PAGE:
Falklands veteran Christopher Alder died in April 1998 after he was arrested for breaching the peace following a fracas outside a nightclub in which he was punched and taken to hospital.
CCTV showed officers drag the father-of-two’s motionless body into the custody suite where he was left handcuffed, gasping for breath, for 11 minutes before dying. No attempts were made to seek medical help, despite one officer expressing concerns about asphyxiation.
Audio footage from several officers that stood around the paratrooper as he lay in his final moments, recorded what is widely regarded to be monkey noises and racist slurs.
Police claimed the man who helped an officer restrain and handcuff Rashan Charles was “a member of the public” with no police connection. CCTV evidence raises doubts. Shine A Light exclusive (distressing content).
Rashan Charles was a healthy young man out with friends in East London when a uniformed police officer from the elite Territorial Support Group chased him into a convenience store. Without any verbal warning, the officer grabbed Rashan from behind, threw him to the floor and heavily restrained him.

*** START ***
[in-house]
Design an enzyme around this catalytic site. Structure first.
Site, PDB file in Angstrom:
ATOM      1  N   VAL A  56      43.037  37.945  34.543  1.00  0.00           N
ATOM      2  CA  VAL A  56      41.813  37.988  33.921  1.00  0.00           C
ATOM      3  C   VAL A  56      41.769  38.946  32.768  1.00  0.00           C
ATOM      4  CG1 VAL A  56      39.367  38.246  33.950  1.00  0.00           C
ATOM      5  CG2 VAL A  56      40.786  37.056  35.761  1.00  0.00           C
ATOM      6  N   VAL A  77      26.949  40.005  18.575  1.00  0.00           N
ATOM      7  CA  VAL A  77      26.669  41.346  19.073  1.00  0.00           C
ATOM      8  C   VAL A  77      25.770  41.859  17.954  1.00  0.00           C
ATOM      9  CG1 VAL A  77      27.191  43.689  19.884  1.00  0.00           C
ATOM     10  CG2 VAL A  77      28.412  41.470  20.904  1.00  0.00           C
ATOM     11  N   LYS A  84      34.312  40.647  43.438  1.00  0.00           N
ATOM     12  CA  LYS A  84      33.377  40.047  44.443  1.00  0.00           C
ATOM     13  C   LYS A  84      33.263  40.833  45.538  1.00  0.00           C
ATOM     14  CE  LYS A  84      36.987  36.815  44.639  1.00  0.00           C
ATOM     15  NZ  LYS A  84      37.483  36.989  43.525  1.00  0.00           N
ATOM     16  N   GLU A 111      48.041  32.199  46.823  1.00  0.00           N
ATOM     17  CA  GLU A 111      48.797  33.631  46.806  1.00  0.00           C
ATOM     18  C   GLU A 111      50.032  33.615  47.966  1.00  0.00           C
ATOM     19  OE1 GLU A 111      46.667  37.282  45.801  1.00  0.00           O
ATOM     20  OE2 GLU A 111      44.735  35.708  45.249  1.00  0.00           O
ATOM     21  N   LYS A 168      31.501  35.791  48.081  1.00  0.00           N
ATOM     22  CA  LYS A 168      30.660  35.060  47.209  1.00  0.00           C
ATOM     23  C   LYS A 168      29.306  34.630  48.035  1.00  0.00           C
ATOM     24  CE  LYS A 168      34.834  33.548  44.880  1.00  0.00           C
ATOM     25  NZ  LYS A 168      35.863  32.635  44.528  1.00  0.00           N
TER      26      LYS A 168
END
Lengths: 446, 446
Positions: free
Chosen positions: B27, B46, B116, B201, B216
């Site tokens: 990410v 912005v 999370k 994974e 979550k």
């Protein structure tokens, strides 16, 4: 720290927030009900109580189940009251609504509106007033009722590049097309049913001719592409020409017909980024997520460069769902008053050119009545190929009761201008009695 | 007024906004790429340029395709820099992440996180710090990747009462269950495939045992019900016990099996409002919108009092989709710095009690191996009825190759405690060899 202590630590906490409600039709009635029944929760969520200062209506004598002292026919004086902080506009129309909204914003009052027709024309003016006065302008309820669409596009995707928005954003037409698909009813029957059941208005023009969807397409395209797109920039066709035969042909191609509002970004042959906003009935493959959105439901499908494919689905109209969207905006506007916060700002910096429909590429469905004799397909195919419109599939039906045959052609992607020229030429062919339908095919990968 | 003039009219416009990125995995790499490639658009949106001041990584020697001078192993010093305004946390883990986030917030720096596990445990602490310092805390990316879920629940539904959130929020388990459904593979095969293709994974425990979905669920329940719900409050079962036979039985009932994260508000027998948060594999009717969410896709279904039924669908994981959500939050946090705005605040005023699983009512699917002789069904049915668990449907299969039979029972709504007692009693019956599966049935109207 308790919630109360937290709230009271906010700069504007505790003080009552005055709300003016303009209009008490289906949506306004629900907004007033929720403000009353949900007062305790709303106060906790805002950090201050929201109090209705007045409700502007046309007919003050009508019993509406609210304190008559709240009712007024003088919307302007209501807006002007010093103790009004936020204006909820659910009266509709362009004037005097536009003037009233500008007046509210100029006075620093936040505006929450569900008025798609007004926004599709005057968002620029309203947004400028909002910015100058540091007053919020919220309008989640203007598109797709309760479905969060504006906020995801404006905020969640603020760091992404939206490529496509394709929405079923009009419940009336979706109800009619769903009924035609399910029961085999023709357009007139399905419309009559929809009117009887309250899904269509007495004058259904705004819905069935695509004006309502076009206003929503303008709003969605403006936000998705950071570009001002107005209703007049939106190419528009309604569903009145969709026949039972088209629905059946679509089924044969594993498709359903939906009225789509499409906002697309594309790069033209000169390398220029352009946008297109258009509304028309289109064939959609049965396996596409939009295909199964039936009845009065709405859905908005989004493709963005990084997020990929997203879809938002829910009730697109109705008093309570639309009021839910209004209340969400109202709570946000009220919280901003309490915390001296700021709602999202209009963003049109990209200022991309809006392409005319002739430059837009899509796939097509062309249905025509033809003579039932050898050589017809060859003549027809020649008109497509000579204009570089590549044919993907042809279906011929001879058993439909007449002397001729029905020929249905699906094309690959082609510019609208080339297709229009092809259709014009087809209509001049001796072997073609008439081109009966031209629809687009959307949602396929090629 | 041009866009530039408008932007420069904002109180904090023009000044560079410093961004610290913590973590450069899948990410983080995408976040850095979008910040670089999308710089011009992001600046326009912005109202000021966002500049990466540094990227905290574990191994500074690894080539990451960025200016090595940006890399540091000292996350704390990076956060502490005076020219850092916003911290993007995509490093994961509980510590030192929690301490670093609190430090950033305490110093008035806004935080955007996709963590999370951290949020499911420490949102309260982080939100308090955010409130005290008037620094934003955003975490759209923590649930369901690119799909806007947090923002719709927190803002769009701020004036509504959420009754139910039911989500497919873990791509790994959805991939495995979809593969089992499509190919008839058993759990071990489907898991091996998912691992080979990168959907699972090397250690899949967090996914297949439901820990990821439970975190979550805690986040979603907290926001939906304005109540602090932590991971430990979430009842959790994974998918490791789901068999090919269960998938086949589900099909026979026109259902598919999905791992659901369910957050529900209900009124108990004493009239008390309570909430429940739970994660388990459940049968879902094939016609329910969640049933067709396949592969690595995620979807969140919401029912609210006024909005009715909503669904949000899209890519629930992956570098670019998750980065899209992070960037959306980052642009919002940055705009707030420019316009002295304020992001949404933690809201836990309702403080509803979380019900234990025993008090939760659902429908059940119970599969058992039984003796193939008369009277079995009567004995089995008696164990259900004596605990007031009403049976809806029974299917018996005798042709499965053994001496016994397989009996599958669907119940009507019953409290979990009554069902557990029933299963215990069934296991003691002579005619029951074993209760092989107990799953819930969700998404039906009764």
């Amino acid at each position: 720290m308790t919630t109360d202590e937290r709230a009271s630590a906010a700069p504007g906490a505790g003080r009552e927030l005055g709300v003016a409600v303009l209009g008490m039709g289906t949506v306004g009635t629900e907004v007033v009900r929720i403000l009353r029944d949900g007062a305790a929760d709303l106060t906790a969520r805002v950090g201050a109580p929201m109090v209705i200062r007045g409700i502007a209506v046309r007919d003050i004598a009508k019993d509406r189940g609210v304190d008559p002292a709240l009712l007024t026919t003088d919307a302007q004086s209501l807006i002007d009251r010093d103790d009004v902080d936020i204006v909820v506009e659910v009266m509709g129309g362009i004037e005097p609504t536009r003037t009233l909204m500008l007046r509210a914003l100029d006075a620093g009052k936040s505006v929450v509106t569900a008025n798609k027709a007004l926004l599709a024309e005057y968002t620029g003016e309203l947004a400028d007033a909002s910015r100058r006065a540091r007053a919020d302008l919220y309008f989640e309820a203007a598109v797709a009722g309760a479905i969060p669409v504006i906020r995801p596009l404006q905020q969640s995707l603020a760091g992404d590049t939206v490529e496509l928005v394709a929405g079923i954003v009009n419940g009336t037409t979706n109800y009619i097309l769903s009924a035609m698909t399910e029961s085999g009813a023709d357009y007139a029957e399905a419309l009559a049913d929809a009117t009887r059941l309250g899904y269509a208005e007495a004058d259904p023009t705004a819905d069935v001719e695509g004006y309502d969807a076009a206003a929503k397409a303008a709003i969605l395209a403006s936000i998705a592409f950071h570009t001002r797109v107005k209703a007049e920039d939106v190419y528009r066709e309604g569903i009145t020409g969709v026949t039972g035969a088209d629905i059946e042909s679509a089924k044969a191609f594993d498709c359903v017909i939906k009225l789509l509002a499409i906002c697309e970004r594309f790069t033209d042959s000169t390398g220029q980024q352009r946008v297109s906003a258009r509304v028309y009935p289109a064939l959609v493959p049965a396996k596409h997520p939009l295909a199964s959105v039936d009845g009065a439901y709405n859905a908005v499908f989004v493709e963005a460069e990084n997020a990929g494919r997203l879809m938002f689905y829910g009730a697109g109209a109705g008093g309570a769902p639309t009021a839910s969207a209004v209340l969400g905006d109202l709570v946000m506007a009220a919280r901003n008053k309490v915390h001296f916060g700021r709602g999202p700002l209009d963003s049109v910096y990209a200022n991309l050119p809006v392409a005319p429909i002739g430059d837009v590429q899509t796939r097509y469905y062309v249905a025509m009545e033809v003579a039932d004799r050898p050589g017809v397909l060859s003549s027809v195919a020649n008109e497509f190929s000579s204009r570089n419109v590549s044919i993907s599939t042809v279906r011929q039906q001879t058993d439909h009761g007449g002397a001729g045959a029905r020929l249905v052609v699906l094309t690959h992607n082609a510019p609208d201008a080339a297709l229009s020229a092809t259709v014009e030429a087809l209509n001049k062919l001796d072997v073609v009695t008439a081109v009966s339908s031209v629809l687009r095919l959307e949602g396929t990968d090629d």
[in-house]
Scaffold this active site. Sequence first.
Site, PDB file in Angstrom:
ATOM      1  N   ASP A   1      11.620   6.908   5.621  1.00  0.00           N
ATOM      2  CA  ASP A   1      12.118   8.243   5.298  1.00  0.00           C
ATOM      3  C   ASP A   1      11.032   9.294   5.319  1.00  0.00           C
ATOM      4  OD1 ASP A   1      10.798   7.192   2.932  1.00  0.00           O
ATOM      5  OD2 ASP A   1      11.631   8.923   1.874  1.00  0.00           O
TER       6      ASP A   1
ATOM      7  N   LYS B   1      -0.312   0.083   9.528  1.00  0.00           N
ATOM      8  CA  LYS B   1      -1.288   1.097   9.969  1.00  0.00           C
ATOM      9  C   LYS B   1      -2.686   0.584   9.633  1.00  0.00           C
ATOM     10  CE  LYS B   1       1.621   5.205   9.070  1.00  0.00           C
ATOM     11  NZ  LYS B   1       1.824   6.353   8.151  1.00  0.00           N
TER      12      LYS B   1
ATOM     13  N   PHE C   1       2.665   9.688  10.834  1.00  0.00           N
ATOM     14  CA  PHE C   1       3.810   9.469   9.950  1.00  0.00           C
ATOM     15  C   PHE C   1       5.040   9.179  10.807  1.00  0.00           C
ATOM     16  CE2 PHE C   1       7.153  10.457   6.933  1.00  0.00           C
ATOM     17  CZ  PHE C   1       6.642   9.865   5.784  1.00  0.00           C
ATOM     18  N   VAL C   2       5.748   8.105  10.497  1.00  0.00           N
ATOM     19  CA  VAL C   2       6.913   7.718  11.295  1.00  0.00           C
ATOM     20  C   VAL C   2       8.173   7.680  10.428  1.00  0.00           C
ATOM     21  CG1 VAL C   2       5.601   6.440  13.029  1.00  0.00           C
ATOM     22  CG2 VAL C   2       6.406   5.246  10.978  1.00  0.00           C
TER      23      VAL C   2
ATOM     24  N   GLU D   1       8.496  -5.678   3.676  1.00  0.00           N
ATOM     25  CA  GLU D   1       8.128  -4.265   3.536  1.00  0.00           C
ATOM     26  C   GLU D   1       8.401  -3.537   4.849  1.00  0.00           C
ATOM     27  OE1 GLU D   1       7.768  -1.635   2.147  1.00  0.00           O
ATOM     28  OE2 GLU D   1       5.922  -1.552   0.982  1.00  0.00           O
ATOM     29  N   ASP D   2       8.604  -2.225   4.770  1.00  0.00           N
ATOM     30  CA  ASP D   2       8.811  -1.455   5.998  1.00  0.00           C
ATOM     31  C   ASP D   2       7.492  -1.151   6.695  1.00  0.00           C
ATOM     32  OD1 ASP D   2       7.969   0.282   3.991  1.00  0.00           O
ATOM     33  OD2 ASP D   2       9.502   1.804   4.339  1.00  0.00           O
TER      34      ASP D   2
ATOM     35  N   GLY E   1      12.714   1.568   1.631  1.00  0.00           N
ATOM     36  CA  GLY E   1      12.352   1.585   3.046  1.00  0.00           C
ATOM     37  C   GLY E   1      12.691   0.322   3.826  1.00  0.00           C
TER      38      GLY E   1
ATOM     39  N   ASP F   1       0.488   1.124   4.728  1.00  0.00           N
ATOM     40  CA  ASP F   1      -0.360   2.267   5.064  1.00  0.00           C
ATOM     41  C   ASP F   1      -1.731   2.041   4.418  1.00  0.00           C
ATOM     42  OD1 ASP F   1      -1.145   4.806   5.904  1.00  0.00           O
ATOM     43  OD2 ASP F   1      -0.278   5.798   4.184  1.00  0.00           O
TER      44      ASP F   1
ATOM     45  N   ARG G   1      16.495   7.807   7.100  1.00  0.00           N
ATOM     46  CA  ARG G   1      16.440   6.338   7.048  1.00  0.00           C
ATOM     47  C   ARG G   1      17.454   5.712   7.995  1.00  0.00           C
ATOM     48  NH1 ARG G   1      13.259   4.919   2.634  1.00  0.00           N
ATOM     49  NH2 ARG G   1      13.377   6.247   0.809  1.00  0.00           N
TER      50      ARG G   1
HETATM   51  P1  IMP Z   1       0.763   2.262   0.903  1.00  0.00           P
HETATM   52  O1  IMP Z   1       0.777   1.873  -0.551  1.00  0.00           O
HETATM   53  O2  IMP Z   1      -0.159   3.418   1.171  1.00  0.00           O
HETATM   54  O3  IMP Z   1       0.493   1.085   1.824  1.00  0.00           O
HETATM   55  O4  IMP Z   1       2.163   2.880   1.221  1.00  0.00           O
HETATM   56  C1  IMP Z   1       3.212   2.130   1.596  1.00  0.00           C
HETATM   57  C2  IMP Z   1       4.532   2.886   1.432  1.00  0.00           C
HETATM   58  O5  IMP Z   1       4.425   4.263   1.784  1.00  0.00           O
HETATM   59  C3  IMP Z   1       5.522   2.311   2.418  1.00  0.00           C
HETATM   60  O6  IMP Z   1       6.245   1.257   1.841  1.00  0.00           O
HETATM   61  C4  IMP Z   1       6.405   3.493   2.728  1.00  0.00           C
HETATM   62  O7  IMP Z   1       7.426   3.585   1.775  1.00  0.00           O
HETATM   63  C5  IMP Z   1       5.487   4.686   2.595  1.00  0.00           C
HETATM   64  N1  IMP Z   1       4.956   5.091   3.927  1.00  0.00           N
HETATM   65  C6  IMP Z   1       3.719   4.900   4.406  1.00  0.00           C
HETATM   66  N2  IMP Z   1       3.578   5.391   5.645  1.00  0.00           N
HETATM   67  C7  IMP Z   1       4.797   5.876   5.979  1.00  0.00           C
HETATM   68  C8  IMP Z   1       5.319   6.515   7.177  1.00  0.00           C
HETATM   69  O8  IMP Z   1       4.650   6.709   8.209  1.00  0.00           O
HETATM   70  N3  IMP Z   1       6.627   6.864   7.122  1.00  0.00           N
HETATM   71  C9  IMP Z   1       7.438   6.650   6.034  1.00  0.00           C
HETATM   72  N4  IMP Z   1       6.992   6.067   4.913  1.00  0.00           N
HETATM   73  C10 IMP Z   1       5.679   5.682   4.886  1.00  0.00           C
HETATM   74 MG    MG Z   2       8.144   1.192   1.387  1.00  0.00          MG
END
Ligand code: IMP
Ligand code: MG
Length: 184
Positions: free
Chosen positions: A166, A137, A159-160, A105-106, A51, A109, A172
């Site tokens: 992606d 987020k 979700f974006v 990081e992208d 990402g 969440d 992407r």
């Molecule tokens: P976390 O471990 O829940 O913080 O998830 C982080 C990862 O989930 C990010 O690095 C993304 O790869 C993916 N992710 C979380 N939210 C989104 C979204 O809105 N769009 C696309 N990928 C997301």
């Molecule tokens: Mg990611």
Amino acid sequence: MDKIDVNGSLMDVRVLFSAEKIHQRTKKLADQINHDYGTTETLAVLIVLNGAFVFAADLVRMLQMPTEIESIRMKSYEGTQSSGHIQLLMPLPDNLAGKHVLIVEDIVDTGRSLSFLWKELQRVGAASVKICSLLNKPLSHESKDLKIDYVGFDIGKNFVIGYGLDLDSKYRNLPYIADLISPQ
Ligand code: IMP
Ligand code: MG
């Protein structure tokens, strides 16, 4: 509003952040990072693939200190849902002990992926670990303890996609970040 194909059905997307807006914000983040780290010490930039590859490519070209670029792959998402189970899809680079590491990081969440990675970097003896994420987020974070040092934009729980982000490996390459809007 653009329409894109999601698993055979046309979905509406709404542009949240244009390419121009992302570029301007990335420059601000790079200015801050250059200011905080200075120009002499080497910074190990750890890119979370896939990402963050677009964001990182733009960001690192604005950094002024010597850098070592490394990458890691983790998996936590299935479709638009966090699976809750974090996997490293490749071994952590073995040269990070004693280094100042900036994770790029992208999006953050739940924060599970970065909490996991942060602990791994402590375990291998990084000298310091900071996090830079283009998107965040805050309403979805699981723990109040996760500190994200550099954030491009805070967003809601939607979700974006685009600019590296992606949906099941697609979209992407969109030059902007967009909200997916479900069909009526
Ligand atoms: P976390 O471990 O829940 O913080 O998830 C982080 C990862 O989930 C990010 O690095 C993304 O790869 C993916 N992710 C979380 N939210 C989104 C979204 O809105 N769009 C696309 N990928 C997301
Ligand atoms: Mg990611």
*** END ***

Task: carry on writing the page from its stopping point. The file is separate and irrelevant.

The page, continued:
A second man assisted the officer. Rashan, who was unarmed and presented no threat, died on the floor of the Yours Locally shop on Hackney’s Kingsland Road in the early hours of 22 July 2017. He was 20 years old, the eldest of seven children and a father himself, his daughter coming up to her second birthday at the time.
It has been common knowledge for decades that black youth are disproportionately excluded from school permanently.
No significant progress has been made to significantly change this reality in spite of many reports. The most recent data show that black pupils are nearly four times more likely to be permanently excluded than their school peers.
The London case study by Jessica Perera of the Institute of Race Relations is ground breaking. It shows that exclusions and criminalisation of black working class youth are not isolated issues that should be confined to school level without relating them to wider social and political developments over five decades.
In response to the media and commentators who deliberately sensationalise serious black youth crime by projecting black youth as a menace and racialising it, Perera reviews the evidence thoroughly to present a more nuanced view.